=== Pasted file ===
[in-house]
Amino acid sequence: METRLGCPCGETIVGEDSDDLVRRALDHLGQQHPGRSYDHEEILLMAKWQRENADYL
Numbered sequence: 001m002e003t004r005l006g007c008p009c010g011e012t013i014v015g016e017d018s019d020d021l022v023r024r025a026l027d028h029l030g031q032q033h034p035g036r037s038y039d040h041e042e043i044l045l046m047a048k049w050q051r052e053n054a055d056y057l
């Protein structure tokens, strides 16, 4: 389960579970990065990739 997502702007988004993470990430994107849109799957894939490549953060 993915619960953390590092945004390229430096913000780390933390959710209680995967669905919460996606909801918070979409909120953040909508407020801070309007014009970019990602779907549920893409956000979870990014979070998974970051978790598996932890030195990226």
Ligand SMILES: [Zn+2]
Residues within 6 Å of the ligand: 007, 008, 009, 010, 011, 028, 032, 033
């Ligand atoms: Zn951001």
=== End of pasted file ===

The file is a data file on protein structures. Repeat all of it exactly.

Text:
[in-house]
Amino acid sequence: METRLGCPCGETIVGEDSDDLVRRALDHLGQQHPGRSYDHEEILLMAKWQRENADYL
Numbered sequence: 001m002e003t004r005l006g007c008p009c010g011e012t013i014v015g016e017d018s019d020d021l022v023r024r025a026l027d028h029l030g031q032q033h034p035g036r037s038y039d040h041e042e043i044l045l046m047a048k049w050q051r052e053n054a055d056y057l
């Protein structure tokens, strides 16, 4: 389960579970990065990739 997502702007988004993470990430994107849109799957894939490549953060 993915619960953390590092945004390229430096913000780390933390959710209680995967669905919460996606909801918070979409909120953040909508407020801070309007014009970019990602779907549920893409956000979870990014979070998974970051978790598996932890030195990226």
Ligand SMILES: [Zn+2]
Residues within 6 Å of the ligand: 007, 008, 009, 010, 011, 028, 032, 033
């Ligand atoms: Zn951001």